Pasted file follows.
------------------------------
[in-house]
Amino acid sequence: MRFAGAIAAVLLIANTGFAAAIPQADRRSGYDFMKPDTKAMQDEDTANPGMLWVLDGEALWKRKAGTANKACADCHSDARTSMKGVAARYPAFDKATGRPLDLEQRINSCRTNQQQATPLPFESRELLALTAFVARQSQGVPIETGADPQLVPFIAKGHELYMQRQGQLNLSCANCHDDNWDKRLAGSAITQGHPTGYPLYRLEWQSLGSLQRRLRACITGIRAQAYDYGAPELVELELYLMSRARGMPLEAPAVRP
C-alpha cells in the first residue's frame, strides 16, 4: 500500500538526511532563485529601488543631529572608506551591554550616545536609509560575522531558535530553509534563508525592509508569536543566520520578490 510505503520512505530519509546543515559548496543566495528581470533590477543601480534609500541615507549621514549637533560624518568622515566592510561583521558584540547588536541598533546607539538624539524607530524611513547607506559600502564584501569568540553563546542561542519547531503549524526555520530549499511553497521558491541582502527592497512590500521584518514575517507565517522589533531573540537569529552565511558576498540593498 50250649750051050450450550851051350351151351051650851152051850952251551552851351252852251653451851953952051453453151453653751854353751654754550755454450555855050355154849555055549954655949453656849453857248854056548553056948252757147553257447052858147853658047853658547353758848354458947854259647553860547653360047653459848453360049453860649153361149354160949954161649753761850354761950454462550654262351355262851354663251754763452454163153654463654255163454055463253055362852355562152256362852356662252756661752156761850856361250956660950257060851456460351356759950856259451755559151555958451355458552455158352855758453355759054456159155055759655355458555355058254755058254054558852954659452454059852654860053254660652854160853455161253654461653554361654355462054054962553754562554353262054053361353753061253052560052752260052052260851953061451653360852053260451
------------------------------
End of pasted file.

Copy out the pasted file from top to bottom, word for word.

[in-house]
Amino acid sequence: MRFAGAIAAVLLIANTGFAAAIPQADRRSGYDFMKPDTKAMQDEDTANPGMLWVLDGEALWKRKAGTANKACADCHSDARTSMKGVAARYPAFDKATGRPLDLEQRINSCRTNQQQATPLPFESRELLALTAFVARQSQGVPIETGADPQLVPFIAKGHELYMQRQGQLNLSCANCHDDNWDKRLAGSAITQGHPTGYPLYRLEWQSLGSLQRRLRACITGIRAQAYDYGAPELVELELYLMSRARGMPLEAPAVRP
C-alpha cells in the first residue's frame, strides 16, 4: 500500500538526511532563485529601488543631529572608506551591554550616545536609509560575522531558535530553509534563508525592509508569536543566520520578490 510505503520512505530519509546543515559548496543566495528581470533590477543601480534609500541615507549621514549637533560624518568622515566592510561583521558584540547588536541598533546607539538624539524607530524611513547607506559600502564584501569568540553563546542561542519547531503549524526555520530549499511553497521558491541582502527592497512590500521584518514575517507565517522589533531573540537569529552565511558576498540593498 50250649750051050450450550851051350351151351051650851152051850952251551552851351252852251653451851953952051453453151453653751854353751654754550755454450555855050355154849555055549954655949453656849453857248854056548553056948252757147553257447052858147853658047853658547353758848354458947854259647553860547653360047653459848453360049453860649153361149354160949954161649753761850354761950454462550654262351355262851354663251754763452454163153654463654255163454055463253055362852355562152256362852356662252756661752156761850856361250956660950257060851456460351356759950856259451755559151555958451355458552455158352855758453355759054456159155055759655355458555355058254755058254054558852954659452454059852654860053254660652854160853455161253654461653554361654355462054054962553754562554353262054053361353753061253052560052752260052052260851953061451653360852053260451